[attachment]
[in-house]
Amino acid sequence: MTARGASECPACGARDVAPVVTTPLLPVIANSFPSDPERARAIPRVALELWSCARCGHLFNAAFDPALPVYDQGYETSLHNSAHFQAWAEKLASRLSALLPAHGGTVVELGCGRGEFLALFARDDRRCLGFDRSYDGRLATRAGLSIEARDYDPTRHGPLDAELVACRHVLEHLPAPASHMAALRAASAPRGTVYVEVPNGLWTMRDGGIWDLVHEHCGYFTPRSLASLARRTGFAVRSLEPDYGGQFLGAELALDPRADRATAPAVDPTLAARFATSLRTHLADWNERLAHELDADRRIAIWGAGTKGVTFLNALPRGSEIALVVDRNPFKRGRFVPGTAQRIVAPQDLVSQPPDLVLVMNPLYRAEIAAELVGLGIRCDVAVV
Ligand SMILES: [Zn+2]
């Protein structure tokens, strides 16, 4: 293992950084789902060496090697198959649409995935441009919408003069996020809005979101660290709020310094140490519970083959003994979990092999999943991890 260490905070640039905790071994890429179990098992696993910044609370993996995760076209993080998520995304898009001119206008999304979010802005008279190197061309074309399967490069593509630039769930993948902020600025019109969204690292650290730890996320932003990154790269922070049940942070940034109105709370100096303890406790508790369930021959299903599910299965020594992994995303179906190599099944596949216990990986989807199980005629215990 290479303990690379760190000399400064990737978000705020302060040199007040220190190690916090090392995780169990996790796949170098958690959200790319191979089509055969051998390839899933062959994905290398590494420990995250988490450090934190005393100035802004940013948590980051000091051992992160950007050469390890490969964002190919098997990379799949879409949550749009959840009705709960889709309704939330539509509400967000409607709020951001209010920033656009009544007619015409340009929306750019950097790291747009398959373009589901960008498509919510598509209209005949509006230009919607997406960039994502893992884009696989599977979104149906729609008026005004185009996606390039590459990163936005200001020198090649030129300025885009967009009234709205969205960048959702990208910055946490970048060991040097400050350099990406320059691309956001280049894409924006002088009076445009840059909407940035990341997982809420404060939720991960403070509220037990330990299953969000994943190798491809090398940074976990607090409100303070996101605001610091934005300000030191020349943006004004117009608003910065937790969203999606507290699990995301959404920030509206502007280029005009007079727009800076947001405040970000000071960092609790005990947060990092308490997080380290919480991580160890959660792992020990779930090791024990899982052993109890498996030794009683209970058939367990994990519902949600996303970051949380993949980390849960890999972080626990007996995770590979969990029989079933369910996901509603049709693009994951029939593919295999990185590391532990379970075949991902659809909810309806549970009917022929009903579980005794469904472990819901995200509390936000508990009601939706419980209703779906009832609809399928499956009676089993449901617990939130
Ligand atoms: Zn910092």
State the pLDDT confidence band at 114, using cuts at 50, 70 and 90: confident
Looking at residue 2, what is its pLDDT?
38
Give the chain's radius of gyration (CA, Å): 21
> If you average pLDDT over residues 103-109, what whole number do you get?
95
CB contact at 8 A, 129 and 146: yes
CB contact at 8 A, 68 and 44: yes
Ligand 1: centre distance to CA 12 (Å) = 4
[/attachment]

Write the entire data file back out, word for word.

[in-house]
Amino acid sequence: MTARGASECPACGARDVAPVVTTPLLPVIANSFPSDPERARAIPRVALELWSCARCGHLFNAAFDPALPVYDQGYETSLHNSAHFQAWAEKLASRLSALLPAHGGTVVELGCGRGEFLALFARDDRRCLGFDRSYDGRLATRAGLSIEARDYDPTRHGPLDAELVACRHVLEHLPAPASHMAALRAASAPRGTVYVEVPNGLWTMRDGGIWDLVHEHCGYFTPRSLASLARRTGFAVRSLEPDYGGQFLGAELALDPRADRATAPAVDPTLAARFATSLRTHLADWNERLAHELDADRRIAIWGAGTKGVTFLNALPRGSEIALVVDRNPFKRGRFVPGTAQRIVAPQDLVSQPPDLVLVMNPLYRAEIAAELVGLGIRCDVAVV
Ligand SMILES: [Zn+2]
């Protein structure tokens, strides 16, 4: 293992950084789902060496090697198959649409995935441009919408003069996020809005979101660290709020310094140490519970083959003994979990092999999943991890 260490905070640039905790071994890429179990098992696993910044609370993996995760076209993080998520995304898009001119206008999304979010802005008279190197061309074309399967490069593509630039769930993948902020600025019109969204690292650290730890996320932003990154790269922070049940942070940034109105709370100096303890406790508790369930021959299903599910299965020594992994995303179906190599099944596949216990990986989807199980005629215990 290479303990690379760190000399400064990737978000705020302060040199007040220190190690916090090392995780169990996790796949170098958690959200790319191979089509055969051998390839899933062959994905290398590494420990995250988490450090934190005393100035802004940013948590980051000091051992992160950007050469390890490969964002190919098997990379799949879409949550749009959840009705709960889709309704939330539509509400967000409607709020951001209010920033656009009544007619015409340009929306750019950097790291747009398959373009589901960008498509919510598509209209005949509006230009919607997406960039994502893992884009696989599977979104149906729609008026005004185009996606390039590459990163936005200001020198090649030129300025885009967009009234709205969205960048959702990208910055946490970048060991040097400050350099990406320059691309956001280049894409924006002088009076445009840059909407940035990341997982809420404060939720991960403070509220037990330990299953969000994943190798491809090398940074976990607090409100303070996101605001610091934005300000030191020349943006004004117009608003910065937790969203999606507290699990995301959404920030509206502007280029005009007079727009800076947001405040970000000071960092609790005990947060990092308490997080380290919480991580160890959660792992020990779930090791024990899982052993109890498996030794009683209970058939367990994990519902949600996303970051949380993949980390849960890999972080626990007996995770590979969990029989079933369910996901509603049709693009994951029939593919295999990185590391532990379970075949991902659809909810309806549970009917022929009903579980005794469904472990819901995200509390936000508990009601939706419980209703779906009832609809399928499956009676089993449901617990939130
Ligand atoms: Zn910092």
State the pLDDT confidence band at 114, using cuts at 50, 70 and 90: confident
Looking at residue 2, what is its pLDDT?
38
Give the chain's radius of gyration (CA, Å): 21
> If you average pLDDT over residues 103-109, what whole number do you get?
95
CB contact at 8 A, 129 and 146: yes
CB contact at 8 A, 68 and 44: yes
Ligand 1: centre distance to CA 12 (Å) = 4